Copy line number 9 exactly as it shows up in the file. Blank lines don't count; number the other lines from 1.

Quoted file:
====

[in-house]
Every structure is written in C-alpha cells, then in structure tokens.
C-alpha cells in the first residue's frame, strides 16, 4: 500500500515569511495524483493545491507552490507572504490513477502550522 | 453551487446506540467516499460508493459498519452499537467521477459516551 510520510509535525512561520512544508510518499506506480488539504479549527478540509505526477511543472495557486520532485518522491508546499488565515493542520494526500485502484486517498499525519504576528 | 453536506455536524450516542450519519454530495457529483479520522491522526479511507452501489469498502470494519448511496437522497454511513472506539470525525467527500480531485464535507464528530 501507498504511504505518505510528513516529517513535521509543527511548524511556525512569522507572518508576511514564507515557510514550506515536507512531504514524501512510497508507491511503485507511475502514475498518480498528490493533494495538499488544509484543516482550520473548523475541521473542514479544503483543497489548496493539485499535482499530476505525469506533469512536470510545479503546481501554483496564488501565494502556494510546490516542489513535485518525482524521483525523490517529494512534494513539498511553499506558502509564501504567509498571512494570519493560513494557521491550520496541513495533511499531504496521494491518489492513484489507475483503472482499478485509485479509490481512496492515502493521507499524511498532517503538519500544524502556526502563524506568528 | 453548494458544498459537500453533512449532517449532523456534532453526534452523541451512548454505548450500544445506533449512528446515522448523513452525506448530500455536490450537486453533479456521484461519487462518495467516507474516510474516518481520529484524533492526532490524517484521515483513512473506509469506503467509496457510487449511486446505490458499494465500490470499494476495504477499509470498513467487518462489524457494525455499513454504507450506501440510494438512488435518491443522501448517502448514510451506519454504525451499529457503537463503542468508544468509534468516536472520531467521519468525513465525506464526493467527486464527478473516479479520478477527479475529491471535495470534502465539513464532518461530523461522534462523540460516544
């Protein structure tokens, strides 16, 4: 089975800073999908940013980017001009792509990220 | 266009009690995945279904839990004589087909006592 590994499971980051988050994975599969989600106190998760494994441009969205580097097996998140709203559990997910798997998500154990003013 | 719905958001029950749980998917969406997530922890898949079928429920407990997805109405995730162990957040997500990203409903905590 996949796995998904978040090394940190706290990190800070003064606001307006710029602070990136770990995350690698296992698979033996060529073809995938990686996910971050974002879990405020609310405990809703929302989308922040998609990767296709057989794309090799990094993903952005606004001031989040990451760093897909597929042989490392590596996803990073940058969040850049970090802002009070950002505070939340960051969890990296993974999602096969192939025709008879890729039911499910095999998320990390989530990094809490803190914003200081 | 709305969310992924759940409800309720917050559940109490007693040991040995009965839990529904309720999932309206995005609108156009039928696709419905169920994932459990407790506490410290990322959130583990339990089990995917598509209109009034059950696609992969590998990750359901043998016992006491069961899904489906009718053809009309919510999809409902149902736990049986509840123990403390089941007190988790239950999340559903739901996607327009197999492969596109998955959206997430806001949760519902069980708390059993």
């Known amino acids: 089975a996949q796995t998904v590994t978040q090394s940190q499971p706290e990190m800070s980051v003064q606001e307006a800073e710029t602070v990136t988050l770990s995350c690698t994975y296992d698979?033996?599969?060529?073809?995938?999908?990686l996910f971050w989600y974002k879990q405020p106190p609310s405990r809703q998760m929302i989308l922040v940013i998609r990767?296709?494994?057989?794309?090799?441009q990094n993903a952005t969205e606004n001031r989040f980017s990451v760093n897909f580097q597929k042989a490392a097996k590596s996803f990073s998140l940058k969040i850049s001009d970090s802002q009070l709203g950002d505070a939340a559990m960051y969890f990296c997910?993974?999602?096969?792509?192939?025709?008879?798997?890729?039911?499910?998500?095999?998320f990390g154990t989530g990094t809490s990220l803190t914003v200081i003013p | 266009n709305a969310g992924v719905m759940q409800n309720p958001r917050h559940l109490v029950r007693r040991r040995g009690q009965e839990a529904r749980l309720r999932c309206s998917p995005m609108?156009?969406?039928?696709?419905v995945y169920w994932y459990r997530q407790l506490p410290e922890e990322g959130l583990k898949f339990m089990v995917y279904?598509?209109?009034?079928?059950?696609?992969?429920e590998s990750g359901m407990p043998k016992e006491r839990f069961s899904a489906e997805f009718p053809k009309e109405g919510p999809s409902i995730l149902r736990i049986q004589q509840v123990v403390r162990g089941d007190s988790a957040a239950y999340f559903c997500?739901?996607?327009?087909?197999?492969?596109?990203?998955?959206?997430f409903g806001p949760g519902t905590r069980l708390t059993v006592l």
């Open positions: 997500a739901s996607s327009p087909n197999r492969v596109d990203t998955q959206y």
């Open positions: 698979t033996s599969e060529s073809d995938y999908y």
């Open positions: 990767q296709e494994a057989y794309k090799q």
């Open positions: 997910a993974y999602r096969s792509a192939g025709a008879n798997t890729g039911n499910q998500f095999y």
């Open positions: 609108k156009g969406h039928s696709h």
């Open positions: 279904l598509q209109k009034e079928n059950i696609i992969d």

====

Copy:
């Open positions: 997910a993974y999602r096969s792509a192939g025709a008879n798997t890729g039911n499910q998500f095999y």